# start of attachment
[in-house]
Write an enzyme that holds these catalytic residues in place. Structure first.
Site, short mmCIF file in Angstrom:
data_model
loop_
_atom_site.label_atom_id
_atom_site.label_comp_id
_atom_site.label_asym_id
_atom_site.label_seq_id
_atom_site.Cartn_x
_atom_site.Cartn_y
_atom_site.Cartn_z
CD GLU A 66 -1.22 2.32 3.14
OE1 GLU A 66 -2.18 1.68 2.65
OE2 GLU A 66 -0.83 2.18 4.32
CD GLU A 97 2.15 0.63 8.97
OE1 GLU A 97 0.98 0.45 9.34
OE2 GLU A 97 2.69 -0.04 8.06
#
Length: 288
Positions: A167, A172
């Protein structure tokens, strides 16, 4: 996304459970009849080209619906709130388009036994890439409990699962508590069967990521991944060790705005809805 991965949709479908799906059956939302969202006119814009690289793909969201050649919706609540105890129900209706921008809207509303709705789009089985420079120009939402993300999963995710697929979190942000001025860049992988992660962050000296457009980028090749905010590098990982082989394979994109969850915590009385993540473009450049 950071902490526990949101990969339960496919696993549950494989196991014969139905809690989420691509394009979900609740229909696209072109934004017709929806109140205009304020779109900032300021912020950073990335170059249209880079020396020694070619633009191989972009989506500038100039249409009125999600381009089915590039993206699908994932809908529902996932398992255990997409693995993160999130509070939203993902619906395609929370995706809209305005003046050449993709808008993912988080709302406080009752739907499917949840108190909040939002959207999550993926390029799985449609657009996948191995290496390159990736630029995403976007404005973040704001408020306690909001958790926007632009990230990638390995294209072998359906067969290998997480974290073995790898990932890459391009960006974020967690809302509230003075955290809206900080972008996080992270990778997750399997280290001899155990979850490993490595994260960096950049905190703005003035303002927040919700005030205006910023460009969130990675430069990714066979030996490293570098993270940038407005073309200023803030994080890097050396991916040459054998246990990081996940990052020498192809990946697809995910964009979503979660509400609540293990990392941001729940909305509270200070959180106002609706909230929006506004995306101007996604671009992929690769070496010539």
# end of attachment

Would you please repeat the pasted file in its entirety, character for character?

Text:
[in-house]
Write an enzyme that holds these catalytic residues in place. Structure first.
Site, short mmCIF file in Angstrom:
data_model
loop_
_atom_site.label_atom_id
_atom_site.label_comp_id
_atom_site.label_asym_id
_atom_site.label_seq_id
_atom_site.Cartn_x
_atom_site.Cartn_y
_atom_site.Cartn_z
CD GLU A 66 -1.22 2.32 3.14
OE1 GLU A 66 -2.18 1.68 2.65
OE2 GLU A 66 -0.83 2.18 4.32
CD GLU A 97 2.15 0.63 8.97
OE1 GLU A 97 0.98 0.45 9.34
OE2 GLU A 97 2.69 -0.04 8.06
#
Length: 288
Positions: A167, A172
């Protein structure tokens, strides 16, 4: 996304459970009849080209619906709130388009036994890439409990699962508590069967990521991944060790705005809805 991965949709479908799906059956939302969202006119814009690289793909969201050649919706609540105890129900209706921008809207509303709705789009089985420079120009939402993300999963995710697929979190942000001025860049992988992660962050000296457009980028090749905010590098990982082989394979994109969850915590009385993540473009450049 950071902490526990949101990969339960496919696993549950494989196991014969139905809690989420691509394009979900609740229909696209072109934004017709929806109140205009304020779109900032300021912020950073990335170059249209880079020396020694070619633009191989972009989506500038100039249409009125999600381009089915590039993206699908994932809908529902996932398992255990997409693995993160999130509070939203993902619906395609929370995706809209305005003046050449993709808008993912988080709302406080009752739907499917949840108190909040939002959207999550993926390029799985449609657009996948191995290496390159990736630029995403976007404005973040704001408020306690909001958790926007632009990230990638390995294209072998359906067969290998997480974290073995790898990932890459391009960006974020967690809302509230003075955290809206900080972008996080992270990778997750399997280290001899155990979850490993490595994260960096950049905190703005003035303002927040919700005030205006910023460009969130990675430069990714066979030996490293570098993270940038407005073309200023803030994080890097050396991916040459054998246990990081996940990052020498192809990946697809995910964009979503979660509400609540293990990392941001729940909305509270200070959180106002609706909230929006506004995306101007996604671009992929690769070496010539």